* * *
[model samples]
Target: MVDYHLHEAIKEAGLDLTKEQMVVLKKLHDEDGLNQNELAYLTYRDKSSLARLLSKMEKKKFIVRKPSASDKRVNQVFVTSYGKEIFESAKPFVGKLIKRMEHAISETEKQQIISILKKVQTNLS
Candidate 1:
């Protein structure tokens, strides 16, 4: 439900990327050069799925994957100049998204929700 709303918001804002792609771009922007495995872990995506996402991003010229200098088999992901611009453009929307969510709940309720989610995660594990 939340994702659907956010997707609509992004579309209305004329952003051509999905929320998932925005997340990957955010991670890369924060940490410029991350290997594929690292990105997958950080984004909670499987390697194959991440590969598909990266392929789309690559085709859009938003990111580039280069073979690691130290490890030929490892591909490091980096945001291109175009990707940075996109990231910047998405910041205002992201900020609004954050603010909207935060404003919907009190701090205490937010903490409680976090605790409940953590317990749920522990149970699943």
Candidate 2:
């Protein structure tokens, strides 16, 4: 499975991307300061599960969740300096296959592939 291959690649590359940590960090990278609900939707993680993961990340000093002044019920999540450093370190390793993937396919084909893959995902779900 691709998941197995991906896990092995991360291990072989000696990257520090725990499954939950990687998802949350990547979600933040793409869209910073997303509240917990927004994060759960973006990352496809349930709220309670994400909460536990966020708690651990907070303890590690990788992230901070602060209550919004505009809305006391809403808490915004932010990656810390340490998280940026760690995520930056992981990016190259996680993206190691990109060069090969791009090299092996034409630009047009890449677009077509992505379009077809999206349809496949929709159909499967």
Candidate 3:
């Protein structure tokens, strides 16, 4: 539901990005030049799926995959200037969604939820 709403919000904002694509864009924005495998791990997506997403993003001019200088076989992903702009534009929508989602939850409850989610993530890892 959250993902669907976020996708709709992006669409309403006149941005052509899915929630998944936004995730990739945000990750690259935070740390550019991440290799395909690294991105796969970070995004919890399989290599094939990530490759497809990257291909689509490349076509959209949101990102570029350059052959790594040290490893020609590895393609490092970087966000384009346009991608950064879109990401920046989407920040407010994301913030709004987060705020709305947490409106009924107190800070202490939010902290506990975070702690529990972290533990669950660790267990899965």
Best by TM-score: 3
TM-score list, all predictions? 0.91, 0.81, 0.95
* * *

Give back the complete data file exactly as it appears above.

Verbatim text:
[model samples]
Target: MVDYHLHEAIKEAGLDLTKEQMVVLKKLHDEDGLNQNELAYLTYRDKSSLARLLSKMEKKKFIVRKPSASDKRVNQVFVTSYGKEIFESAKPFVGKLIKRMEHAISETEKQQIISILKKVQTNLS
Candidate 1:
């Protein structure tokens, strides 16, 4: 439900990327050069799925994957100049998204929700 709303918001804002792609771009922007495995872990995506996402991003010229200098088999992901611009453009929307969510709940309720989610995660594990 939340994702659907956010997707609509992004579309209305004329952003051509999905929320998932925005997340990957955010991670890369924060940490410029991350290997594929690292990105997958950080984004909670499987390697194959991440590969598909990266392929789309690559085709859009938003990111580039280069073979690691130290490890030929490892591909490091980096945001291109175009990707940075996109990231910047998405910041205002992201900020609004954050603010909207935060404003919907009190701090205490937010903490409680976090605790409940953590317990749920522990149970699943």
Candidate 2:
């Protein structure tokens, strides 16, 4: 499975991307300061599960969740300096296959592939 291959690649590359940590960090990278609900939707993680993961990340000093002044019920999540450093370190390793993937396919084909893959995902779900 691709998941197995991906896990092995991360291990072989000696990257520090725990499954939950990687998802949350990547979600933040793409869209910073997303509240917990927004994060759960973006990352496809349930709220309670994400909460536990966020708690651990907070303890590690990788992230901070602060209550919004505009809305006391809403808490915004932010990656810390340490998280940026760690995520930056992981990016190259996680993206190691990109060069090969791009090299092996034409630009047009890449677009077509992505379009077809999206349809496949929709159909499967």
Candidate 3:
């Protein structure tokens, strides 16, 4: 539901990005030049799926995959200037969604939820 709403919000904002694509864009924005495998791990997506997403993003001019200088076989992903702009534009929508989602939850409850989610993530890892 959250993902669907976020996708709709992006669409309403006149941005052509899915929630998944936004995730990739945000990750690259935070740390550019991440290799395909690294991105796969970070995004919890399989290599094939990530490759497809990257291909689509490349076509959209949101990102570029350059052959790594040290490893020609590895393609490092970087966000384009346009991608950064879109990401920046989407920040407010994301913030709004987060705020709305947490409106009924107190800070202490939010902290506990975070702690529990972290533990669950660790267990899965």
Best by TM-score: 3
TM-score list, all predictions? 0.91, 0.81, 0.95